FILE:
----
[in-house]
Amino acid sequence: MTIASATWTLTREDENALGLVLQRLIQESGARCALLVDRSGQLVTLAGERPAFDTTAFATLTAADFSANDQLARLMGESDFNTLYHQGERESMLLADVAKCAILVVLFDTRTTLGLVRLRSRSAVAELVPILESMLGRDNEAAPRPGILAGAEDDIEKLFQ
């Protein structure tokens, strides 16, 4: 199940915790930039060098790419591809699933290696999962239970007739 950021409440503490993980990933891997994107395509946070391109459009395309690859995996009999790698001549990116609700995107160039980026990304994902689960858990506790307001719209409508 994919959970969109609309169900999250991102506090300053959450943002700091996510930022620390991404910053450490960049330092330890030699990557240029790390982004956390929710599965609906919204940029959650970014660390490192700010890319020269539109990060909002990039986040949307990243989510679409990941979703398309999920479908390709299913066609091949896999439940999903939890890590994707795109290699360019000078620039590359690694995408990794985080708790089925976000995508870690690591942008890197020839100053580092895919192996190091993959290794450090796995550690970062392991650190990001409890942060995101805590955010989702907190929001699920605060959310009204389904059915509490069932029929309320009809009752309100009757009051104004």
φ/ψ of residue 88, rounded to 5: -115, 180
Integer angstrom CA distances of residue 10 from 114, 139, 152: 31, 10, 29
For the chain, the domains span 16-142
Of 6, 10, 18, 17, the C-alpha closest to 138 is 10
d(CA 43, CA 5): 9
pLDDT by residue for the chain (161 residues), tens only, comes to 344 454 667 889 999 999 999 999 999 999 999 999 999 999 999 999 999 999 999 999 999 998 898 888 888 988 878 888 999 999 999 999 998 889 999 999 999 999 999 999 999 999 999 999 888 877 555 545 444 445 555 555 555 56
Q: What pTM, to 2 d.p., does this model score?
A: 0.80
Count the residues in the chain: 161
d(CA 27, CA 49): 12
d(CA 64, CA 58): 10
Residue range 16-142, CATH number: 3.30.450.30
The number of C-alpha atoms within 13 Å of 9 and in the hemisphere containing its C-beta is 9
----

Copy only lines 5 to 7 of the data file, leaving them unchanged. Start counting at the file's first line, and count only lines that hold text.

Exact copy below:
Integer angstrom CA distances of residue 10 from 114, 139, 152: 31, 10, 29
For the chain, the domains span 16-142
Of 6, 10, 18, 17, the C-alpha closest to 138 is 10